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Ghost Tree Blooms 

Watch it dump, from a safe place

THURS-SAT 9/15-17

When I grew up, attending a surf movie was a rite of passage, with feral packs of monosyllabic surf hippies and radioactively tan grommets descending on unsuspecting single-screen theaters. The lights would go down, Balinese pipes would flare from the back, and a deafening "woooooo" would accompany the first feathering lip from some big-wave break in Hawaii. Thirty minutes later, all would be quiet -- frankly, those surf films sucked, each a weary parade of riders carving single fins in painful slow motion, sending most of the crowd into a hashish-induced (but admittedly very pleasant) slumber before the last audience member's hair had dried from that evening's session.

Now, surf movies have teeth, and the new Down the Line promises to be a fine addition to the list of Maverick's tribute films. But this big-wave exposé also contains something different: the untamed Ghost Tree, the latest "discovered" spot around these parts, where unpredictable waves pass over a treacherous reef as they attempt to kill people. Also on tap are 60-foot waves at Maui's Peahi, Oahu's Waimea Bay, and a somewhat odd tour of Chile. NorCal's Peter Mel and company, along with the Hawaiian tow-in contingent, star in the film, which starts Thursday at 7:15 p.m. (and continues through Saturday) at the Red Vic Movie House, 1727 Haight (at Cole), S.F. Admission is $4-8; call 668-3994 or visit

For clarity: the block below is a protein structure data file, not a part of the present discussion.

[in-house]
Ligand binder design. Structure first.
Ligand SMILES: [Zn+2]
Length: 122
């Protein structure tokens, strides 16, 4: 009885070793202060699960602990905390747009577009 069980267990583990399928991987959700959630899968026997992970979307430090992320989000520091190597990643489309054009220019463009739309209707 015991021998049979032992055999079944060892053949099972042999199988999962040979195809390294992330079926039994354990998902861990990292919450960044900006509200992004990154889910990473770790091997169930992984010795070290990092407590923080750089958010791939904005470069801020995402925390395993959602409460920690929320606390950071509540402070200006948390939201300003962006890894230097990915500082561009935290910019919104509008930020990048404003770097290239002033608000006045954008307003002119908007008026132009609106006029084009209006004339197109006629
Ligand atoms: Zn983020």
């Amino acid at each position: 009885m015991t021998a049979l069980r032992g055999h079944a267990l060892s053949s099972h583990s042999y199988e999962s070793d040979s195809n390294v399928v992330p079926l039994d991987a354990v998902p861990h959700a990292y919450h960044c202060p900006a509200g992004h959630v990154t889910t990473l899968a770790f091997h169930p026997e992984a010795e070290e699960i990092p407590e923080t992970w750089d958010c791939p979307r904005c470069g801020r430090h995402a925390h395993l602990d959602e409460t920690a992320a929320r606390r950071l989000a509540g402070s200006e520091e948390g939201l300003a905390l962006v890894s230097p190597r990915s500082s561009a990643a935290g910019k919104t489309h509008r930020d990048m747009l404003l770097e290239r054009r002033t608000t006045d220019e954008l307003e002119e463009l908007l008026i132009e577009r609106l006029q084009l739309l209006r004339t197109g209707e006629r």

-- Michael Leaverton

Kicking Back
Writing up sports rebels

THURS 9/15

The wide world of sports coverage turns a lot of people off: It is locked to an intense drive to sell things, which can be boring at best. But not every sportswriter is a jar-headed mouth-breather covered in corporate logos; ditto athletes themselves. Find proof in What's My Name, Fool?, a new book by Edge of Sports columnist David Zirin. Taking Muhammad Ali as its touchstone, the volume looks into the careers of interesting professional competitors, including Etan Thomas, Mia Hamm, and Barry Bonds, as they struggle to tell the truth, get their fair due, and stay human in the face of a trillion-dollar industry. Hear Zirin read at 7:30 p.m. at Modern Times Bookstore, 888 Valencia (at 20th Street), S.F. Admission is free; call 282-9246 or visit
-- Hiya Swanhuyser


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